The biggest challenge facing data centers today is the growing amounts of data that large enterprises create, maintain and store in the cloud. A 2010 Gartner study showed that 47% of fiber_webrespondents ranked data growth in their top three challenges, 62% said they were expanding hardware capacity at existing data centers and 30% planned to build entirely new data center — and that was almost 3 years ago! Imagine the exponential growth of data today as we continue to generate even more massive storage requirements.

As your data expands, moving it from your location to the cloud becomes a parallel problem. Having a faster connection is of paramount concern as your data can literally choke on an inadequate connection. Even having a 100 megabit fiber connection can improve your data protection capabilities significantly, not to mention speed up other business processes.

Because of these tandem issues, innovative power companies and household web names like Google are developing Smart Grids in an effort to get ahead of the data consumption curve.

A decade ago in Chattanooga, Tennessee, plans started coming together to create America’s first true Smart Grid network that runs on a 100% fiber optic network. A $111 million stimulus grant from the Department of Energy was a catalyst for the community-owned electric utility EPB, to develop this remarkable infrastructure that aims to add two-way communications at every home and business along the grid, and promises improved power quality and reliability. The 600 square mile service area touches 170,000 businesses and homes that have access to Internet speeds of up to 1 gigabit per second. The fiber optic smart grid eliminates the bandwidth issue, enabling subscribers to utilize upload and download speeds 200 times faster than the FCC’s national Broadband Plan.

“This holds tremendous opportunities for local industry and manufacturing,” says David Wade, chief operating officer of EPB.

“Everyone talks about the potential savings of smart grid and its impact on the environment, but perhaps its most important factor is power quality and reliability,” says Wade. “As manufacturing processes become more automated, a fraction of a second in power or the slightest change in voltage or frequency can have a pretty significant effect.”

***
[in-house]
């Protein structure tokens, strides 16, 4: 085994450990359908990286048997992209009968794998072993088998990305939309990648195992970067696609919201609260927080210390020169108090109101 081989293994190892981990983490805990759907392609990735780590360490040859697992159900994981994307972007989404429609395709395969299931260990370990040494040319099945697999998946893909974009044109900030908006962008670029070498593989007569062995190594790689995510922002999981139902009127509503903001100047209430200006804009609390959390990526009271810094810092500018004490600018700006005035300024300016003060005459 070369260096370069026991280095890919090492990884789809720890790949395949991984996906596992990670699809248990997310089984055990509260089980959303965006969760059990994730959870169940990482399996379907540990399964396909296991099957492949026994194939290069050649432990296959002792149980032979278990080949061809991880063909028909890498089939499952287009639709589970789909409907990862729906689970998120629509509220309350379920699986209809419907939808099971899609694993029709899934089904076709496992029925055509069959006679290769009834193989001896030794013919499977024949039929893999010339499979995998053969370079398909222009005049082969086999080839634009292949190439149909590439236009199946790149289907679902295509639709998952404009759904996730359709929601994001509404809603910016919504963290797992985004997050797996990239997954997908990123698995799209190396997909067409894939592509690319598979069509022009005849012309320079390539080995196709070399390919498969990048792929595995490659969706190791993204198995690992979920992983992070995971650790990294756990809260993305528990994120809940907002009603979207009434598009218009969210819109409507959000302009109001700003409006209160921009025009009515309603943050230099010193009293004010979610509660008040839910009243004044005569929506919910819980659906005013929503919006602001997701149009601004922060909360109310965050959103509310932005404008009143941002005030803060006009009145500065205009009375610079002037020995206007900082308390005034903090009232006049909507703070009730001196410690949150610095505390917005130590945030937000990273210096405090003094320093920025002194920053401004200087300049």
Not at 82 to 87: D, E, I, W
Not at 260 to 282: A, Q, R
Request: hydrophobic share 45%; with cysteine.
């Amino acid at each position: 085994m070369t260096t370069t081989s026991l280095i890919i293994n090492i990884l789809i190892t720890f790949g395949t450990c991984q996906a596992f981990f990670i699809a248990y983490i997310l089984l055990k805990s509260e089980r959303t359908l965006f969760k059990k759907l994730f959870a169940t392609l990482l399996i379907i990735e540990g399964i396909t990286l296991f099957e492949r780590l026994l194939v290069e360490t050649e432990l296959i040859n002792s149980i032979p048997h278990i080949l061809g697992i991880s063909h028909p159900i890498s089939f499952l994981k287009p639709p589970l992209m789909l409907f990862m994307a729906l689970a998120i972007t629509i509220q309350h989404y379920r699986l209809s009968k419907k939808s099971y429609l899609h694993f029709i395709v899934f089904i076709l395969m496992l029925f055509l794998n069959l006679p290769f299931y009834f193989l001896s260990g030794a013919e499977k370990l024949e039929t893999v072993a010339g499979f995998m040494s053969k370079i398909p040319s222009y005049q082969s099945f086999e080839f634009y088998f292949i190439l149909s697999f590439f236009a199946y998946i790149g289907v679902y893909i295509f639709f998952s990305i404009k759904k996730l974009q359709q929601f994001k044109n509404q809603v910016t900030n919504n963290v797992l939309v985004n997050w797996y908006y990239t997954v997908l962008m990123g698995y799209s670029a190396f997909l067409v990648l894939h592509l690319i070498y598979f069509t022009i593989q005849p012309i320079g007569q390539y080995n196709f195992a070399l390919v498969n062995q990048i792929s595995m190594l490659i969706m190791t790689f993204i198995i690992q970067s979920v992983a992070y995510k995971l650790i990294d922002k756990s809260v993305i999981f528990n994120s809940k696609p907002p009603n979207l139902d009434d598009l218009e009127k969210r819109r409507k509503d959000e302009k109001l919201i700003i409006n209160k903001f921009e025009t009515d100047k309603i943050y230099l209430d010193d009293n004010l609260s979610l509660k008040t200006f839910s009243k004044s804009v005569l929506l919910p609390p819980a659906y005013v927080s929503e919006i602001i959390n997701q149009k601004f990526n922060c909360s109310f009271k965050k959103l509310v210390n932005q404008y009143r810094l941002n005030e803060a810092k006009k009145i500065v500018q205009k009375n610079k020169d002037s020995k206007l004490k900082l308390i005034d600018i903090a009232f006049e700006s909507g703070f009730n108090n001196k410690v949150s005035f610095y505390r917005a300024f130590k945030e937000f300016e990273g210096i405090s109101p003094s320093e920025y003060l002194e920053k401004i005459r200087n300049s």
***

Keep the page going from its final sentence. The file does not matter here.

Updating the nation’s power grid, not just central Tennessee’s, is a hot topic in Washington. The U.S. Department of Energy has awarded $3.4 billion in stimulus grants toward upgrading the nation’s energy grid, while an additional $4.7 billion in private funds has been invested.

This next-generation energy distribution network is just beginning to gain momentum in other areas of the country. Kansas City, Kansas and Missouri, were chosen by Internet behemoth Google to get in on the fiber game. Hoping to spur some healthy competition from other broadband providers, Google Fiber rolled out officially last year with baseline connection speeds 100 times faster than broadband. Google sees it’s future largely tied to web usage – with higher speeds comes the next wave of online innovation — so it’s no surprise that Google would enter this vertical market. Or that the start-up community has gravitated to these fiber rich communities to gain a competitive edge.

Gigabit networks are still the envy of most businesses unfortunately, as their installation is highly limited in scope. A majority of the nation does not have the advantage of these new fiber networks and as much as they may request them, state legislators and utility companies face an uphill battle to overhauling the domestic energy grid in order to bring fiber connectivity to all Americans.